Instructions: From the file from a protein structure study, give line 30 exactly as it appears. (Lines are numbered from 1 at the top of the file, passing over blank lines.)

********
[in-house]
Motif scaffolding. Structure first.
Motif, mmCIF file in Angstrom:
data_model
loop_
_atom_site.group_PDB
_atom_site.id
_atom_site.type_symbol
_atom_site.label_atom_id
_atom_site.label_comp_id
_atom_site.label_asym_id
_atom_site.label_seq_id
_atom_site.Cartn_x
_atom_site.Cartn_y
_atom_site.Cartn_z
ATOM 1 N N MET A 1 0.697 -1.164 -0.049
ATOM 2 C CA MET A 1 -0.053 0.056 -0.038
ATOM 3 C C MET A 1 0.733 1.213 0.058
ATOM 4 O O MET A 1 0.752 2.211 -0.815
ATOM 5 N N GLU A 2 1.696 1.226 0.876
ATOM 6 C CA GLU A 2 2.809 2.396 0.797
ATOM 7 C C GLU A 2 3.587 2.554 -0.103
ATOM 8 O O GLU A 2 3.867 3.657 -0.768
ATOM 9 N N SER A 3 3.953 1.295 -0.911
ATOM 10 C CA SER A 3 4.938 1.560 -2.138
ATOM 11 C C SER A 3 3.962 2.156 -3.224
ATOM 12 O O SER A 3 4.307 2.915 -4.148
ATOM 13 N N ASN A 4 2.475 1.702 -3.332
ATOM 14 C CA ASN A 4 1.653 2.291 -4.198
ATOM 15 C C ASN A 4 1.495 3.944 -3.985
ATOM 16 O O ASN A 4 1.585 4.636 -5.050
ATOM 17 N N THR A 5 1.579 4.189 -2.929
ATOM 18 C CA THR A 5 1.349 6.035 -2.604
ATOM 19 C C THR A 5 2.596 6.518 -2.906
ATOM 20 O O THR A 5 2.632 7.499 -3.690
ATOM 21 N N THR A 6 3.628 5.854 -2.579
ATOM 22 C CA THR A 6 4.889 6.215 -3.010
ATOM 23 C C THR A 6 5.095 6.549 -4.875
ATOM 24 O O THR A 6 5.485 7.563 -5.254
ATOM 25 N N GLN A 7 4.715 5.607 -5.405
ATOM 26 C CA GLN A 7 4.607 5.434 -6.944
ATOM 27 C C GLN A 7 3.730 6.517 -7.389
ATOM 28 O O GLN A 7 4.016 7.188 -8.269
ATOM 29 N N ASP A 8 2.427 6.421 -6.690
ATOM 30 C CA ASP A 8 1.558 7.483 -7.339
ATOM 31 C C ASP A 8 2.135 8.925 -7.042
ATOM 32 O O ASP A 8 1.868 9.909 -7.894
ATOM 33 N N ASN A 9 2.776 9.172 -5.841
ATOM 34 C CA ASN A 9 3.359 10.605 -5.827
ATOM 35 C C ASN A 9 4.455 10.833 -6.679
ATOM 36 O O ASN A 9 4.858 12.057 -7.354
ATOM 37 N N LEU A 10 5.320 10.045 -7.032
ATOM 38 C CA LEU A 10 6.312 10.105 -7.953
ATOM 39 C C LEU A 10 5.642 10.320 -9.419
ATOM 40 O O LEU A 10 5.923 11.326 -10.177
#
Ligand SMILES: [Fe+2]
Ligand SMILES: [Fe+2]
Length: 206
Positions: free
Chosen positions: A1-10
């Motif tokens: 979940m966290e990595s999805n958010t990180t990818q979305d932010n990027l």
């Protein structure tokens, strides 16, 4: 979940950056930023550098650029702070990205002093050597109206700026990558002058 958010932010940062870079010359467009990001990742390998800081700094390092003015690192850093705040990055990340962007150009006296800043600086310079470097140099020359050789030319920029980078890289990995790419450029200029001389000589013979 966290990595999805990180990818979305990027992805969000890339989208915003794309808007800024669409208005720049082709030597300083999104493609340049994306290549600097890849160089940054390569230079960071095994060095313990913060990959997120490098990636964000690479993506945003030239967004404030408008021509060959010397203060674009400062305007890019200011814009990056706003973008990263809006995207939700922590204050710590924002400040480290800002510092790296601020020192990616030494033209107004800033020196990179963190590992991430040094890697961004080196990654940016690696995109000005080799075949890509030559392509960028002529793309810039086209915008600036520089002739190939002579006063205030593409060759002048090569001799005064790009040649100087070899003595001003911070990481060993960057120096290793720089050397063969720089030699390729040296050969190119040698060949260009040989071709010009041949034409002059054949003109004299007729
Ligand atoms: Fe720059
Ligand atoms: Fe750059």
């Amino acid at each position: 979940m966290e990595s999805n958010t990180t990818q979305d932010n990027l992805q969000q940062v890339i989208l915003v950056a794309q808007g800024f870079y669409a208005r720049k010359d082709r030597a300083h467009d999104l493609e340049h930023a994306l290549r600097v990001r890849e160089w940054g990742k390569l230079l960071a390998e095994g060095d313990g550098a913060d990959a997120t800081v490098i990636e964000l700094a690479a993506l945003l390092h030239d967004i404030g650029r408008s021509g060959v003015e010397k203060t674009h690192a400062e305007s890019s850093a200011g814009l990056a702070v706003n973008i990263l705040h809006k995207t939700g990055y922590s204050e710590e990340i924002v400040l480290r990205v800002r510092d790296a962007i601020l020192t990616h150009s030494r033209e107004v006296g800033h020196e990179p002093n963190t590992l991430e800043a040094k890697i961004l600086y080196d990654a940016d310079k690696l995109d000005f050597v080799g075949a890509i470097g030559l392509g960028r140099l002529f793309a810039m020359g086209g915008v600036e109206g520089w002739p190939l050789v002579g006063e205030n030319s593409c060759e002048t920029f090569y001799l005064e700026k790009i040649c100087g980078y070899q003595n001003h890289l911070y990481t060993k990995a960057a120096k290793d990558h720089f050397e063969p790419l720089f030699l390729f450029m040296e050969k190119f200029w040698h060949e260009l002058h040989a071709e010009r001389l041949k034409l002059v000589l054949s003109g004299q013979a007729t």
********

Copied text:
ATOM 15 C C ASN A 4 1.495 3.944 -3.985